Leadmill
The Leadmill in Sheffield Credit: The Leadmill. CREDIT: Press

Rebecca Walker is the furloughed assistant general manager and senior booker at The Leadmill in Sheffield – where the likes of Arctic Monkeys, Coldplay, Muse, Pulp, The Killers, The Libertines and many more all played in the early years of their careers. As well their own venue, The Leadmill also run an extensive music, comedy, theatre and arts programme that stretches across Sheffield.

“This campaign is the lifeblood that will see us through this – not just The Leadmill but the other venues we put shows in and the self-employed crew, engineers and DJs that we contract in” she told NME. “It’s a very real possibility that a lot of Sheffield venues will close at the end of this pandemic and won’t re-open. That has a massive knock-on impact for Sheffield and the industry. Even Coldplay and Arctic Monkeys had to start on a 100-capacity stage somewhere. If we’re not going to get them in at that level now, where are our arena bands going to come from in 10 years?

“Sheffield is my life and it’s the most depressing thing in the world to see so many brilliantly talented people put out of work with their futures on the line.”

The Lexington
The Lexington Credit: Press

London’s The Lexington also joined the national bid, after last week launching its own campaign to raise £25,000 to save it from the financial uncertainty caused by the COVID-19 pandemic. Manager Stacey Thomas said that funds raised would cover wages, rent, costs and insurance – adding that many spaces across the UK were “at risk in terms of debt”.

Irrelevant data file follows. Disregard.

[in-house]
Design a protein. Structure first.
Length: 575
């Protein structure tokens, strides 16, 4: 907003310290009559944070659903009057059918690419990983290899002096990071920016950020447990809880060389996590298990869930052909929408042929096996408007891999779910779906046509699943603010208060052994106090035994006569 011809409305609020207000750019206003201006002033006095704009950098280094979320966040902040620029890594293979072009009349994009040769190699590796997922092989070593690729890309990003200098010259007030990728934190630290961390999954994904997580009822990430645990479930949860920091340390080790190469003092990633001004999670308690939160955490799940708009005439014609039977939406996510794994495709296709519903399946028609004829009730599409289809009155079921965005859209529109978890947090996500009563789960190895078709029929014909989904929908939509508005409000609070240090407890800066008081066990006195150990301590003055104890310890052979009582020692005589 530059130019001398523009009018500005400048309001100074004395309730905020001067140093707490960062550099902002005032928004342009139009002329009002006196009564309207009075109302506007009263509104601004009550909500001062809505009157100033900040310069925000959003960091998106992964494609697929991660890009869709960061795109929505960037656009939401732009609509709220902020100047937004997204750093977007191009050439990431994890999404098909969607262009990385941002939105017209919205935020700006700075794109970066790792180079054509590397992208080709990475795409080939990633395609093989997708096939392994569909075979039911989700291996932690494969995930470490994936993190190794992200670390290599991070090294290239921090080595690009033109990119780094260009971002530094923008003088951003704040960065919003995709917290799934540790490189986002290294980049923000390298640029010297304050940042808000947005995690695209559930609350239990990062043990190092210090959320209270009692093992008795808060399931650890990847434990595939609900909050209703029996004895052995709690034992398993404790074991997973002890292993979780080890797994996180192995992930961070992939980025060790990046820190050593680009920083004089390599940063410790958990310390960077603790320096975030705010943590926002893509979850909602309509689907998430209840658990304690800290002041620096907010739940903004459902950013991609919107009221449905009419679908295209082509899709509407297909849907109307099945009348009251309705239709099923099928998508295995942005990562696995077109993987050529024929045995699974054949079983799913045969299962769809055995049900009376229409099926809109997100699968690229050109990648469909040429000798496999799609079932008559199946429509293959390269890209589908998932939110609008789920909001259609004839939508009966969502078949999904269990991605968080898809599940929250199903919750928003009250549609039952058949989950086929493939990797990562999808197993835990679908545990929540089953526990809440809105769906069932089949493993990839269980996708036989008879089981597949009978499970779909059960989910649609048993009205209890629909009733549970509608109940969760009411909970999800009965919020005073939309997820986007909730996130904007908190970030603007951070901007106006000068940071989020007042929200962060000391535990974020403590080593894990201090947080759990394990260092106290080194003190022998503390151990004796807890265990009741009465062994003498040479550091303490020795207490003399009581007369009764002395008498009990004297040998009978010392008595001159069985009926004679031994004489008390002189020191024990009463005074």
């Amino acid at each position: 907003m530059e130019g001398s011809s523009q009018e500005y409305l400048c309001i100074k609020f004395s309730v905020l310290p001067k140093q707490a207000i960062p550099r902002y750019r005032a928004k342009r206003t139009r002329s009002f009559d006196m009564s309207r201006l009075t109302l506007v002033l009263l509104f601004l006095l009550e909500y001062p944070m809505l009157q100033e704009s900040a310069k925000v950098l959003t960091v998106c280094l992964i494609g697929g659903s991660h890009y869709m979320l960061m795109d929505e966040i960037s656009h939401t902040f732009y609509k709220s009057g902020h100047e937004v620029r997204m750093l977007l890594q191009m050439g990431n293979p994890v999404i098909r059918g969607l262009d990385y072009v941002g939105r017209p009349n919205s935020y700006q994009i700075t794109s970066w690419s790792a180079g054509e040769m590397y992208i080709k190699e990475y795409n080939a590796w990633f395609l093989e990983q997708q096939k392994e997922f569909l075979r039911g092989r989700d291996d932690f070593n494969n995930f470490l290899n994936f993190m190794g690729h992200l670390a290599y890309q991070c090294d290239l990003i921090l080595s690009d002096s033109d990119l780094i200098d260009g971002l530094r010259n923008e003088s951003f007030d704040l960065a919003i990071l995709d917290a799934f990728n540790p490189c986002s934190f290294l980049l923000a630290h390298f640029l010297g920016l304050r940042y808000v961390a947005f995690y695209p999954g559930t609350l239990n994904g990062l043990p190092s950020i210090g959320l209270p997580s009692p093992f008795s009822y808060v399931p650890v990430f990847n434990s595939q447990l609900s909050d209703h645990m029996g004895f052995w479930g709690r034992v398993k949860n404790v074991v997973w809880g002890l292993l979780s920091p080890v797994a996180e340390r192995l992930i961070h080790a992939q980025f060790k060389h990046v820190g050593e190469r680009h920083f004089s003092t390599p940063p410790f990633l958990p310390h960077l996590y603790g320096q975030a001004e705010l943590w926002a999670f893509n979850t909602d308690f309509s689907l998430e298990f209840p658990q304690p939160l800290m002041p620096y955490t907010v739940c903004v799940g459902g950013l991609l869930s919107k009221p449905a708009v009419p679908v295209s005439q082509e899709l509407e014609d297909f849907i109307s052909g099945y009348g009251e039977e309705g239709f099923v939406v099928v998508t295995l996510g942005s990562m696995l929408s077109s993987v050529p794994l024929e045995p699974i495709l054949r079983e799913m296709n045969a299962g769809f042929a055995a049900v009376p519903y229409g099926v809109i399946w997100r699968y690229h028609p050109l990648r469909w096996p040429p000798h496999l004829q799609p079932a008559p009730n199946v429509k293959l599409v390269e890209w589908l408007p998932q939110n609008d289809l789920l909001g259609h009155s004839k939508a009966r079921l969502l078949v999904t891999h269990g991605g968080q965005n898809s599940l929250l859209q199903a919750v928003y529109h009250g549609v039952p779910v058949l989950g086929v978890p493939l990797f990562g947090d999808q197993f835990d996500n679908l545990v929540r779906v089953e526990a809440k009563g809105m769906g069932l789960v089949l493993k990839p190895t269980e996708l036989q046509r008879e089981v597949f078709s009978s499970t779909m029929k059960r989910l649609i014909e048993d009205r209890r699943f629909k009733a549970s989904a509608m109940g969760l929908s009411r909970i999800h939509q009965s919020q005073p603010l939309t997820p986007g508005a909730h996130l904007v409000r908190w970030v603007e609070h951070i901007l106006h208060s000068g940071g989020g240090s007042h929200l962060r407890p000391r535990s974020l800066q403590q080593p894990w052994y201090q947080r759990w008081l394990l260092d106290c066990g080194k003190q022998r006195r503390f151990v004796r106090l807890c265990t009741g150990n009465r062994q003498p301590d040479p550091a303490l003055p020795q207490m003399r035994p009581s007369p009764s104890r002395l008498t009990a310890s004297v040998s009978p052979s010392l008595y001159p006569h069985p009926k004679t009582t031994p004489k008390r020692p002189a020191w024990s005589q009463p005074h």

“It’s costing us £25,000 a month to stay shut,” she said. “We’re doing this to save ourselves and to raise awareness of the plight of venues across the nation. If we hit our target, we’ll feed any overflow back to the Music Venue Trust. There are a lot of venues in trouble, and there will be a lot of closures.”

After launching their campaigns, The Lexington raised £25,000 in 24 hours and then £10,000 in the week since. “Myself and my team have been very emotional,” she added. “The love and support for the community that’s come out has been amazing, especially as everyone’s skint. All this money and all this love means the world.”

Credit: Gary Calton / Alamy Stock Photo

One of the success stories of the Save Our Venues campaign so far is the 400-capacity Wedgewood Rooms in Portsmouth, who hit their £12,000 target in one day.

“This has filled the hole we had in our finances thanks to this wonderful virus,” general manager Geoff Priestley told NME. “There’s always a danger that a venue like us could be no more because we work on tight margins. There are a lot of us who walk the line.

“In a time when they could have donated to no end of worthy causes, people decided to part with their hard-earned cash and give it to us. Words cannot express what this has meant to us – but thank you to everyone who has helped. We’ve been taken aback by the response. We didn’t realise quite how much we meant to people. We are in a state of shock.”

Visit here to donate to the Save Our Venues campaign, where artists are also encouraged to sign up to play online fundraising gigs.

This comes after it was confirmed that social restrictions could be kept in place in the UK for the rest of the year. Professor Chris Whitty, Chief Medical Adviser to the UK Government, told the public it was “wholly unrealistic” to expect life to return to normal soon.

Last week, healthcare experts also claimed that live concerts and festivals may not be able return until autumn 2021.